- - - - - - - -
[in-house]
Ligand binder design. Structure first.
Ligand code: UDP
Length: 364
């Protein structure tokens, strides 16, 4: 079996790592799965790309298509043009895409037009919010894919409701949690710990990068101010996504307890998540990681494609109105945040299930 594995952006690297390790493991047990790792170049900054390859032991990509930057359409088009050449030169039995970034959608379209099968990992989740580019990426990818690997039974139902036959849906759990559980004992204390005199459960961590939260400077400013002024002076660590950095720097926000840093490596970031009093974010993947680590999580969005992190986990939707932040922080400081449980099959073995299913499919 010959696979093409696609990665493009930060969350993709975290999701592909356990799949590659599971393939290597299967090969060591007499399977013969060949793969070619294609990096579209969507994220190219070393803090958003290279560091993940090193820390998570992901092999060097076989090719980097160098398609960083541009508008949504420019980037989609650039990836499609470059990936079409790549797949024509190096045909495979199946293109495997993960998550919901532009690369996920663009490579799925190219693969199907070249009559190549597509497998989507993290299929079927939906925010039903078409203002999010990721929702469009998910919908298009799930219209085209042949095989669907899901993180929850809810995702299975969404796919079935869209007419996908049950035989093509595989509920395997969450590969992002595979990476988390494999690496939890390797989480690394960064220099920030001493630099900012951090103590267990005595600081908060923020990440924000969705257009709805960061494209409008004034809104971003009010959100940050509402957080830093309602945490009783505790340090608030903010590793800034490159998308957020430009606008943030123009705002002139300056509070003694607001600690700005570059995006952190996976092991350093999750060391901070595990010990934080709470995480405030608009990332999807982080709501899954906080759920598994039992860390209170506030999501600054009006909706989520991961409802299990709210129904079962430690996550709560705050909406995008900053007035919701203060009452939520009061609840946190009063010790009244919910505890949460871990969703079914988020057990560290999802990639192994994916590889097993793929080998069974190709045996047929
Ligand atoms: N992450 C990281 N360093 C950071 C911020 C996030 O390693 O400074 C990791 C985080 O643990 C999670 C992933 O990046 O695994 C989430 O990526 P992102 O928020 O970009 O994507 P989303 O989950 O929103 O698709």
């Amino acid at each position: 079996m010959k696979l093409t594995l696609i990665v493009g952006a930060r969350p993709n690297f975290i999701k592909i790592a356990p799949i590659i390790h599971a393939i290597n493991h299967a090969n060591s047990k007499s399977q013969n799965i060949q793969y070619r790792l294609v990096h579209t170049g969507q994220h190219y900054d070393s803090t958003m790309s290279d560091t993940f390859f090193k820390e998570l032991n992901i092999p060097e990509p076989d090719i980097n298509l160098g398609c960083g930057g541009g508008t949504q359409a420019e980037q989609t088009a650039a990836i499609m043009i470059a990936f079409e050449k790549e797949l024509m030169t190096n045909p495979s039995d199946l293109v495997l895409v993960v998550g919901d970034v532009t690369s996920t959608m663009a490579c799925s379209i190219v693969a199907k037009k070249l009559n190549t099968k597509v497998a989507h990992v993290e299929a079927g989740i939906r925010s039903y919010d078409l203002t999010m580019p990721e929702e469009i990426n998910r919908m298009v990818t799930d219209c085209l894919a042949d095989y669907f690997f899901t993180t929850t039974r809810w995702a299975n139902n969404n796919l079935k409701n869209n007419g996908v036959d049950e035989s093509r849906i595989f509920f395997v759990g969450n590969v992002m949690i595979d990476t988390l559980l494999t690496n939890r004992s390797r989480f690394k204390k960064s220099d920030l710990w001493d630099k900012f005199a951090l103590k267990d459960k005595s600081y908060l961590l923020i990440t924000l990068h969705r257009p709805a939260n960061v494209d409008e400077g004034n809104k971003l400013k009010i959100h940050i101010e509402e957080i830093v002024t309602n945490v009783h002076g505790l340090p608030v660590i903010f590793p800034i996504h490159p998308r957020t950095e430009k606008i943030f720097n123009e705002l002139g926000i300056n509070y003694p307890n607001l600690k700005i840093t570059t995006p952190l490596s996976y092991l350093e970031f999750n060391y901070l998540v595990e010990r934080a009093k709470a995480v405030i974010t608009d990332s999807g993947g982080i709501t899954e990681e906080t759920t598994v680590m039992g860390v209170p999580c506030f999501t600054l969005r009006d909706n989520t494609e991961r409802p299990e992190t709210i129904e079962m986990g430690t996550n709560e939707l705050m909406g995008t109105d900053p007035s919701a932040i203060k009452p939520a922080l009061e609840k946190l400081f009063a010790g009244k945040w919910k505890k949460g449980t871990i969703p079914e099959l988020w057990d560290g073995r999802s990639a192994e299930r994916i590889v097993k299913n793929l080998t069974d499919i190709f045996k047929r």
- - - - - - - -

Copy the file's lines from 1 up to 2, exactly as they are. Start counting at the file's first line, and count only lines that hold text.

[in-house]
Ligand binder design. Structure first.